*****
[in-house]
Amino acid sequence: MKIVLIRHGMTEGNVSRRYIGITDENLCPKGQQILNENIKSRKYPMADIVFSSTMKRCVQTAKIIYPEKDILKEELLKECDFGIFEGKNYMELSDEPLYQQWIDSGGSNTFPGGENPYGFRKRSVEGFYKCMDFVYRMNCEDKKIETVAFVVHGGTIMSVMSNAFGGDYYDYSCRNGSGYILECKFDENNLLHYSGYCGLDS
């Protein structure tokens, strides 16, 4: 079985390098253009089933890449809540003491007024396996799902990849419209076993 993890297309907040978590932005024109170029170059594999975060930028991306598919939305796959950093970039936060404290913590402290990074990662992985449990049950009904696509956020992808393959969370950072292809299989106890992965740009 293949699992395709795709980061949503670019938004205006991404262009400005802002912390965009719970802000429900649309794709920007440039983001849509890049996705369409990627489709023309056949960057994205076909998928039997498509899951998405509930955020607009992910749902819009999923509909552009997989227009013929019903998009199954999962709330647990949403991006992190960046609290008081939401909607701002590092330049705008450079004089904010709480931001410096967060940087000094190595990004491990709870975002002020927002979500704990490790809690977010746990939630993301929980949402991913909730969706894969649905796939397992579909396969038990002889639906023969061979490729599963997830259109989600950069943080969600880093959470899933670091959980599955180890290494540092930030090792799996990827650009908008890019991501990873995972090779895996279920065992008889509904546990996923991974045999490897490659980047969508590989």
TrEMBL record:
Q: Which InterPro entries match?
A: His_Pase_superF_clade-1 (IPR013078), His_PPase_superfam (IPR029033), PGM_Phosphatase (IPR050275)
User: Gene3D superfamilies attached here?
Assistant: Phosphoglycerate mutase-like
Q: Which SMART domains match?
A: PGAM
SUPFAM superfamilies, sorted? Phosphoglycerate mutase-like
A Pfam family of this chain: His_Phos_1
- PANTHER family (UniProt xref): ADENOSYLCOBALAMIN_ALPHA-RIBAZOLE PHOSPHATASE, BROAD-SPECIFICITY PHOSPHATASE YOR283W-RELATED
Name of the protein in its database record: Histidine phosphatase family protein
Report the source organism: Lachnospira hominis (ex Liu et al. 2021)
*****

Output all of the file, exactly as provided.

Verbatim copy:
[in-house]
Amino acid sequence: MKIVLIRHGMTEGNVSRRYIGITDENLCPKGQQILNENIKSRKYPMADIVFSSTMKRCVQTAKIIYPEKDILKEELLKECDFGIFEGKNYMELSDEPLYQQWIDSGGSNTFPGGENPYGFRKRSVEGFYKCMDFVYRMNCEDKKIETVAFVVHGGTIMSVMSNAFGGDYYDYSCRNGSGYILECKFDENNLLHYSGYCGLDS
């Protein structure tokens, strides 16, 4: 079985390098253009089933890449809540003491007024396996799902990849419209076993 993890297309907040978590932005024109170029170059594999975060930028991306598919939305796959950093970039936060404290913590402290990074990662992985449990049950009904696509956020992808393959969370950072292809299989106890992965740009 293949699992395709795709980061949503670019938004205006991404262009400005802002912390965009719970802000429900649309794709920007440039983001849509890049996705369409990627489709023309056949960057994205076909998928039997498509899951998405509930955020607009992910749902819009999923509909552009997989227009013929019903998009199954999962709330647990949403991006992190960046609290008081939401909607701002590092330049705008450079004089904010709480931001410096967060940087000094190595990004491990709870975002002020927002979500704990490790809690977010746990939630993301929980949402991913909730969706894969649905796939397992579909396969038990002889639906023969061979490729599963997830259109989600950069943080969600880093959470899933670091959980599955180890290494540092930030090792799996990827650009908008890019991501990873995972090779895996279920065992008889509904546990996923991974045999490897490659980047969508590989």
TrEMBL record:
Q: Which InterPro entries match?
A: His_Pase_superF_clade-1 (IPR013078), His_PPase_superfam (IPR029033), PGM_Phosphatase (IPR050275)
User: Gene3D superfamilies attached here?
Assistant: Phosphoglycerate mutase-like
Q: Which SMART domains match?
A: PGAM
SUPFAM superfamilies, sorted? Phosphoglycerate mutase-like
A Pfam family of this chain: His_Phos_1
- PANTHER family (UniProt xref): ADENOSYLCOBALAMIN_ALPHA-RIBAZOLE PHOSPHATASE, BROAD-SPECIFICITY PHOSPHATASE YOR283W-RELATED
Name of the protein in its database record: Histidine phosphatase family protein
Report the source organism: Lachnospira hominis (ex Liu et al. 2021)